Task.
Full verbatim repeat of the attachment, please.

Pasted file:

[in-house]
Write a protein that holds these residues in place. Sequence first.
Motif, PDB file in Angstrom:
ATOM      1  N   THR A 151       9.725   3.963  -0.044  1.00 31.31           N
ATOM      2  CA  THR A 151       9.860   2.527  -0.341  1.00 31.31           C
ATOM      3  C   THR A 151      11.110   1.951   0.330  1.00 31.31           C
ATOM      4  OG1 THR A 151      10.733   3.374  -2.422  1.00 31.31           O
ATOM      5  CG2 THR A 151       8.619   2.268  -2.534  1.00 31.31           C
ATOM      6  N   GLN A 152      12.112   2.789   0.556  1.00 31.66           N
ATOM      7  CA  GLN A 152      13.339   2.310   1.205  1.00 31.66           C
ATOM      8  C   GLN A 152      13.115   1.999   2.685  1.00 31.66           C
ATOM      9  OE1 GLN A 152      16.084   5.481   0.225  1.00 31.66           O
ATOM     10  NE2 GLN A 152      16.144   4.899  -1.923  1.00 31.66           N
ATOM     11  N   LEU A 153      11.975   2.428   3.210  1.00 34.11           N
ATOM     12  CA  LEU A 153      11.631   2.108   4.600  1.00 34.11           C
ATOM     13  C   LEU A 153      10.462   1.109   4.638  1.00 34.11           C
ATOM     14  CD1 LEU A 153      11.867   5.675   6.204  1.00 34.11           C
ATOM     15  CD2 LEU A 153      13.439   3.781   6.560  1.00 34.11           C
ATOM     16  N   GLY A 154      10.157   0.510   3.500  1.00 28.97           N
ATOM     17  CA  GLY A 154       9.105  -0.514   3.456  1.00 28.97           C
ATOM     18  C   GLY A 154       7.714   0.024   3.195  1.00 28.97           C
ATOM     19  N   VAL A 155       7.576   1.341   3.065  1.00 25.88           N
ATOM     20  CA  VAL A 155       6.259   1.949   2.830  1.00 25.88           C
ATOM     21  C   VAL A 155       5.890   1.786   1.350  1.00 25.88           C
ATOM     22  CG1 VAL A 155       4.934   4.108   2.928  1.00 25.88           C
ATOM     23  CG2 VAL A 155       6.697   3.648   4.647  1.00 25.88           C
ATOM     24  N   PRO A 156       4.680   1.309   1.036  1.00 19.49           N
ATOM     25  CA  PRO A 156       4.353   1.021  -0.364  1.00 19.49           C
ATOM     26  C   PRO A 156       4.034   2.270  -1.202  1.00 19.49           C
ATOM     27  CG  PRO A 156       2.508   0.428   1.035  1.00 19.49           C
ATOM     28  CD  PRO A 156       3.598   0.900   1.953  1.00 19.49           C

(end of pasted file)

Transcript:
[in-house]
Write a protein that holds these residues in place. Sequence first.
Motif, PDB file in Angstrom:
ATOM      1  N   THR A 151       9.725   3.963  -0.044  1.00 31.31           N
ATOM      2  CA  THR A 151       9.860   2.527  -0.341  1.00 31.31           C
ATOM      3  C   THR A 151      11.110   1.951   0.330  1.00 31.31           C
ATOM      4  OG1 THR A 151      10.733   3.374  -2.422  1.00 31.31           O
ATOM      5  CG2 THR A 151       8.619   2.268  -2.534  1.00 31.31           C
ATOM      6  N   GLN A 152      12.112   2.789   0.556  1.00 31.66           N
ATOM      7  CA  GLN A 152      13.339   2.310   1.205  1.00 31.66           C
ATOM      8  C   GLN A 152      13.115   1.999   2.685  1.00 31.66           C
ATOM      9  OE1 GLN A 152      16.084   5.481   0.225  1.00 31.66           O
ATOM     10  NE2 GLN A 152      16.144   4.899  -1.923  1.00 31.66           N
ATOM     11  N   LEU A 153      11.975   2.428   3.210  1.00 34.11           N
ATOM     12  CA  LEU A 153      11.631   2.108   4.600  1.00 34.11           C
ATOM     13  C   LEU A 153      10.462   1.109   4.638  1.00 34.11           C
ATOM     14  CD1 LEU A 153      11.867   5.675   6.204  1.00 34.11           C
ATOM     15  CD2 LEU A 153      13.439   3.781   6.560  1.00 34.11           C
ATOM     16  N   GLY A 154      10.157   0.510   3.500  1.00 28.97           N
ATOM     17  CA  GLY A 154       9.105  -0.514   3.456  1.00 28.97           C
ATOM     18  C   GLY A 154       7.714   0.024   3.195  1.00 28.97           C
ATOM     19  N   VAL A 155       7.576   1.341   3.065  1.00 25.88           N
ATOM     20  CA  VAL A 155       6.259   1.949   2.830  1.00 25.88           C
ATOM     21  C   VAL A 155       5.890   1.786   1.350  1.00 25.88           C
ATOM     22  CG1 VAL A 155       4.934   4.108   2.928  1.00 25.88           C
ATOM     23  CG2 VAL A 155       6.697   3.648   4.647  1.00 25.88           C
ATOM     24  N   PRO A 156       4.680   1.309   1.036  1.00 19.49           N
ATOM     25  CA  PRO A 156       4.353   1.021  -0.364  1.00 19.49           C
ATOM     26  C   PRO A 156       4.034   2.270  -1.202  1.00 19.49           C
ATOM     27  CG  PRO A 156       2.508   0.428   1.035  1.00 19.49           C
ATOM     28  CD  PRO A 156       3.598   0.900   1.953  1.00 19.49           C